Frequently, ADD or ADHD may coexist with other major problems--learning disabilities (25-50%), sleep disturbances (50%), anxiety (37%), depression (28%), bipolar (12%), oppositional behaviour (59%) substance abuse (5-40%), or conduct disorder (22-43%)-which further complicates their treatment and school work.

The majority of children with ADD or ADHD will experience difficulty in school (90%). Common learning problems and their practical implications for home and school performance are described below. However, keep in mind that each child with an attention deficit is unique and may have some, but not all these problems.

1. Inattention and poor concentration: difficulty listening in class; may daydream; spaces out and misses lecture content or homework assignments; lack of attention to detail, makes careless mistakes in work, doesn't notice errors in grammar, punctuation, capitalization, spelling, or changes in signs (+,-) in math; difficulty staying on task and finishing school work; distractible, moves from one uncompleted task to another; lack of awareness of time and grades, may not know if passing or failing class.

2. Impulsivity: rushes through work; doesn't double check work; doesn't read directions; takes short cuts in written work especially math (does it in his head); difficulty delaying gratification, hates waiting.

3. Language Deficits: slow processing of information; reads, writes, and responds slowly; recalls facts slowly; more likely to occur in children with ADD inattentive. Three language-processing problems may be common among children with ADD or ADHD.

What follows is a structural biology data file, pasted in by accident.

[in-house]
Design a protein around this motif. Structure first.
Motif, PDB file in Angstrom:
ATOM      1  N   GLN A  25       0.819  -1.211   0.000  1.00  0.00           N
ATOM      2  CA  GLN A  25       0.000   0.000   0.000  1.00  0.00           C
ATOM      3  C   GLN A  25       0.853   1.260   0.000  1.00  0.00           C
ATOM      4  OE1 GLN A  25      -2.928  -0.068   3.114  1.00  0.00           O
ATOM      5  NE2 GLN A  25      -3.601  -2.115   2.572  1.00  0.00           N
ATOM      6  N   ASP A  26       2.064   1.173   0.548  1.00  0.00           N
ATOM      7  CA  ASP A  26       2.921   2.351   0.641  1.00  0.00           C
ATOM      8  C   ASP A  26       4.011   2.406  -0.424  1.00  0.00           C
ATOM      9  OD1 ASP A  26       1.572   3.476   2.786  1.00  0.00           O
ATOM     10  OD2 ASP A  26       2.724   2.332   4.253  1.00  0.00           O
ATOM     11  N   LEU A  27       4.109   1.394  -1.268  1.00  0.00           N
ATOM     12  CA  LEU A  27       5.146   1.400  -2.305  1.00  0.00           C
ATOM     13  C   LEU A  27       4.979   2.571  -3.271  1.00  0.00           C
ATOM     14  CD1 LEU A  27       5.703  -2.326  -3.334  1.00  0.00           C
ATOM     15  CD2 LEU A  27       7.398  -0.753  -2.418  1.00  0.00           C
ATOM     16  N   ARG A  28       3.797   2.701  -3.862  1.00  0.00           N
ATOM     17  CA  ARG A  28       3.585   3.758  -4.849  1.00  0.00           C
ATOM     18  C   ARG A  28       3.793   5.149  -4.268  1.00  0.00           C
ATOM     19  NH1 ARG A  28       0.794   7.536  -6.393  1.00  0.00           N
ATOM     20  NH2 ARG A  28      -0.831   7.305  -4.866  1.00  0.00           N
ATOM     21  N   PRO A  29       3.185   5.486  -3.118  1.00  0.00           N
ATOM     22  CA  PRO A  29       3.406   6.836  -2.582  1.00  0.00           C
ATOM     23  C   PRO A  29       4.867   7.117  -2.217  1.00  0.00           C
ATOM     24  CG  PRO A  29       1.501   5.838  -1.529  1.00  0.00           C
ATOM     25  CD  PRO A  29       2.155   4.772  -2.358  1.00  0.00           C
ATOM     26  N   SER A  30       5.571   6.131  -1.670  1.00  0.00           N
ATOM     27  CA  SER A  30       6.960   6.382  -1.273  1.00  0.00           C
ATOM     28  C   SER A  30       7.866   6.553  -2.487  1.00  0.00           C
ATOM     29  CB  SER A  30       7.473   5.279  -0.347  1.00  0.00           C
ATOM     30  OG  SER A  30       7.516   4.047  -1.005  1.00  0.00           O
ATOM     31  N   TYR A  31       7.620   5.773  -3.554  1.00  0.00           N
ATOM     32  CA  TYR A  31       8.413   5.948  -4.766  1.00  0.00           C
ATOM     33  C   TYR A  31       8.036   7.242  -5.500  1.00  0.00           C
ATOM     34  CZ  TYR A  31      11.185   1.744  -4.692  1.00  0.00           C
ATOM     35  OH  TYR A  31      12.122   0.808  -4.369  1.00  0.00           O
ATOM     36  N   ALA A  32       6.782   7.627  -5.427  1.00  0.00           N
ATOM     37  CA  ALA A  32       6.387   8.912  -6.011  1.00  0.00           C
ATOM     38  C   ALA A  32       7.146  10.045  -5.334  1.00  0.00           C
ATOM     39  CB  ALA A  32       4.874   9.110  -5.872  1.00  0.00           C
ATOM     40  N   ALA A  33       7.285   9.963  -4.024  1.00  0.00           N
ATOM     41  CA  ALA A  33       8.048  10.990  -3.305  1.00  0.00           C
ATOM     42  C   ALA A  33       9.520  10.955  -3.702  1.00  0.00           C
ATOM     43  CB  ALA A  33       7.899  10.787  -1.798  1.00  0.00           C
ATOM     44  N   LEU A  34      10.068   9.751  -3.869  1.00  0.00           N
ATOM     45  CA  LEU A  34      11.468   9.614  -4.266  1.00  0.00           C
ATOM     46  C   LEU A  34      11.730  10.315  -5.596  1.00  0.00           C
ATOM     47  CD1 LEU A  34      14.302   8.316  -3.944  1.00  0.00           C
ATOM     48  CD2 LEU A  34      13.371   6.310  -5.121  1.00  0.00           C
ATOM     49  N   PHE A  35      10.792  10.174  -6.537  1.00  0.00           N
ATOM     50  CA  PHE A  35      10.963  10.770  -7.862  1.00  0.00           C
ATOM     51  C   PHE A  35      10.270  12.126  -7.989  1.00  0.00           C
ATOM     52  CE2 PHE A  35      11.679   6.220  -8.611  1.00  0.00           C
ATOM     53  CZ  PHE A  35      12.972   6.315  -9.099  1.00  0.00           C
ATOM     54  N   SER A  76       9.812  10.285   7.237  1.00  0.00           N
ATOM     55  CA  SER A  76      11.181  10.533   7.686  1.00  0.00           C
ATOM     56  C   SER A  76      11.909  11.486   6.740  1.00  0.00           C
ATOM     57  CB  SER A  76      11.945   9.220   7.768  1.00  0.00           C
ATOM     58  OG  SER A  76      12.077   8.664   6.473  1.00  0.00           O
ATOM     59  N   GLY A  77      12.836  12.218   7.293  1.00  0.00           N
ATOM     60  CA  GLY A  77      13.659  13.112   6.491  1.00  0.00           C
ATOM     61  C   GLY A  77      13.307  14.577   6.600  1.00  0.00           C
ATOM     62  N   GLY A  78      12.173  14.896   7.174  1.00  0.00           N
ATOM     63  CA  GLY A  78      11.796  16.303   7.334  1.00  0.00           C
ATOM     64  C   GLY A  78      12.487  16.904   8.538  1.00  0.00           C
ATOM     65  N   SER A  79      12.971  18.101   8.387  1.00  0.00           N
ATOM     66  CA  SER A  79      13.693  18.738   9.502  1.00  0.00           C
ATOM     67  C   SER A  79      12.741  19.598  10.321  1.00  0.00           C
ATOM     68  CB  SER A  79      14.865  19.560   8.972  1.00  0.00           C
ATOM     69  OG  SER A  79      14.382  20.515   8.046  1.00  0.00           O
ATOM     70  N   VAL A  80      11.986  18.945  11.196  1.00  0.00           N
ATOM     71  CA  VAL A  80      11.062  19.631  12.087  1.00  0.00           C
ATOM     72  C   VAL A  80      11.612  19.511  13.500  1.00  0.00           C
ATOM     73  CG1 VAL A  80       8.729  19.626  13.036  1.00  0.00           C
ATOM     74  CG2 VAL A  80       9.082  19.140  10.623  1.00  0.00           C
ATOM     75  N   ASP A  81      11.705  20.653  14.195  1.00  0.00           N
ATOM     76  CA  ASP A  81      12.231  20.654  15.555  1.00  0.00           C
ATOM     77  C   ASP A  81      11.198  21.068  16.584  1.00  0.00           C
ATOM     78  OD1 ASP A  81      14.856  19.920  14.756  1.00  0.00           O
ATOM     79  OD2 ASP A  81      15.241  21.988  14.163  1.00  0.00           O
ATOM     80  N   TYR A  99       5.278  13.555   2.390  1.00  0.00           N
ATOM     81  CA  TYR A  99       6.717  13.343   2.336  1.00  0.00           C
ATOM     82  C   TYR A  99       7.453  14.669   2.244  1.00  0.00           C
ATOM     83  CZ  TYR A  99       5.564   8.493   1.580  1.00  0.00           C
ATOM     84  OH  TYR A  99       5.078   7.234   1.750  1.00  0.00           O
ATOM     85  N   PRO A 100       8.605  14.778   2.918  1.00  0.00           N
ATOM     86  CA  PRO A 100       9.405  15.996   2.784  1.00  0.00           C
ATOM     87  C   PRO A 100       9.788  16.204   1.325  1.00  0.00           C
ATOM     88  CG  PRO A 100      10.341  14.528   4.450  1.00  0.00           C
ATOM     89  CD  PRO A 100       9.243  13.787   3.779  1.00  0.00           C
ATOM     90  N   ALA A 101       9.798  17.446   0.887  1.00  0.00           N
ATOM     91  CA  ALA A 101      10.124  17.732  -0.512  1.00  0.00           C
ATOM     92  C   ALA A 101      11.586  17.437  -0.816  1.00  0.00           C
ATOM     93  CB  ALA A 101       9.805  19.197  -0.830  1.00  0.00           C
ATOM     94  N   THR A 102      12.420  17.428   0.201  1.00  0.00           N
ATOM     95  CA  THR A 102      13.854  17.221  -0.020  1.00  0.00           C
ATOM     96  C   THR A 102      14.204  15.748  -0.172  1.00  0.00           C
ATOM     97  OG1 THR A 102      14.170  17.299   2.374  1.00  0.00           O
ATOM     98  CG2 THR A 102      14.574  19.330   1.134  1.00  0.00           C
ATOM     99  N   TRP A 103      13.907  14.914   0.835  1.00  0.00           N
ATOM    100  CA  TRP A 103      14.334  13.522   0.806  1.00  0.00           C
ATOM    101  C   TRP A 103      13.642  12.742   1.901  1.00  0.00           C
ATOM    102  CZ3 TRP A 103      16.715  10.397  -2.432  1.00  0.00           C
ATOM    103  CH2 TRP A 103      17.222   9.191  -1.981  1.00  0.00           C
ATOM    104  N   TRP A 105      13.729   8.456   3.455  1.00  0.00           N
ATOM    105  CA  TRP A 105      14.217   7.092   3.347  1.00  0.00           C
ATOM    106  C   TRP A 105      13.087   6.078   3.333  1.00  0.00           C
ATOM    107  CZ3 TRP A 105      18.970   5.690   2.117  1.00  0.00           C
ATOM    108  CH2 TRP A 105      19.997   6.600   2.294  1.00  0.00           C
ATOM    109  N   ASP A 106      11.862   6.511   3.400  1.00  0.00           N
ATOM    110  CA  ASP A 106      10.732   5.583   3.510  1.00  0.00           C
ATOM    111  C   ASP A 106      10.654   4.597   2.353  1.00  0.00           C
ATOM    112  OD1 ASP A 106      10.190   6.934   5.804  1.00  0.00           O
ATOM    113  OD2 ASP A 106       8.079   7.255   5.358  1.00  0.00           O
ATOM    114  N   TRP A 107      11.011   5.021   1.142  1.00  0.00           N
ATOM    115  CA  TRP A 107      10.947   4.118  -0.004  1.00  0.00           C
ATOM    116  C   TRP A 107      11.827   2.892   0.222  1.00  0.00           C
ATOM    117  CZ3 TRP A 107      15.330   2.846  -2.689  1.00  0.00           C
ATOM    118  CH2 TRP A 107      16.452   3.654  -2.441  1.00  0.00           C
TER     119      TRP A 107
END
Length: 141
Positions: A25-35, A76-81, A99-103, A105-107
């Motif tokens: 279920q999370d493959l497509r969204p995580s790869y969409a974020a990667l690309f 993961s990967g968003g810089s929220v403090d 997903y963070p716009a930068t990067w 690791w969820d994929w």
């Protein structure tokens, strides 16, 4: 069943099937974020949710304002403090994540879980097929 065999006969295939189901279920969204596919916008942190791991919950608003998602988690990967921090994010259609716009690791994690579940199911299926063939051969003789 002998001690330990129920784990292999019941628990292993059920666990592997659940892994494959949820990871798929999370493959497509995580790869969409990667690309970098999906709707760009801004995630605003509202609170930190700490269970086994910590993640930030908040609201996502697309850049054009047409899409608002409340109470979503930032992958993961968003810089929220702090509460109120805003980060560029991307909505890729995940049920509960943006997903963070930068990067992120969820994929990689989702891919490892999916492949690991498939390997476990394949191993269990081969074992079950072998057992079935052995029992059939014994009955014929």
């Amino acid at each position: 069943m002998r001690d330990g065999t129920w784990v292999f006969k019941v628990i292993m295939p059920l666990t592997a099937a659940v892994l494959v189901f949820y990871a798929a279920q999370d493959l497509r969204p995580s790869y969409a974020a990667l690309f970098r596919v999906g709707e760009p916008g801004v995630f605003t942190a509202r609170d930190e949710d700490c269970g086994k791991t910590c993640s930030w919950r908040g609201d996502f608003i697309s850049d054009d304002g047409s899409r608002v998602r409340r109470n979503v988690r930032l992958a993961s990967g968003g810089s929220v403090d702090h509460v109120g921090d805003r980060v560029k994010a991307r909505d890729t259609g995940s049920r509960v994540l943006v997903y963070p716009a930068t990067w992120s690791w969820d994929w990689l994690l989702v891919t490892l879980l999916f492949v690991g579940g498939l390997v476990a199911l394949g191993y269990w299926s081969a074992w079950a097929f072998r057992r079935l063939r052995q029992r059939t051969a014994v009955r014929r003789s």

a) Listening and Reading Comprehension: becomes confused with lengthy verbal directions; loses main point, difficulty taking notes; difficulty following directions; may not "hear" or pick out homework assignments from a teacher's lecture; poor reading comprehension, can't remember what is read, must reread material.
b) Spoken Language (oral expression): talks a lot spontaneously (ADHD); talks less in response to questions where they must think and give organized, concise answer; avoids responding in class or gives rambling answers.
c) Written Language: slow reading and writing, takes longer to complete work, produces less written work; difficulty organizing essays; difficulty getting ideas out of head and on paper; written test answers or essays may be brief; responses to discussion questions may be brief.

4. Poor Organizational Skills: disorganized; loses homework; difficulty getting started on tasks; difficulty knowing what steps should be taken first; difficulty organizing thoughts, sequencing ideas, writing essays, and planning ahead.

1) Impaired Sense of Time: loses track of time, is often late: doesn't manage time well, doesn't anticipate how long task will take; doesn't plan ahead for future.

5. Poor Memory: difficulty memorizing material such as multiplication tables, math facts or formulas, spelling words, foreign languages, and/or history dates.

a) Math Computation: difficulty automatising basic math facts, such as multiplication tables, cannot rapidly recall basic math facts.
b) Forgetful: forgets chores or homework assignments, forgets to take books home; forgets to turn in completed assignments to teacher; forgets special assignments or make-up work.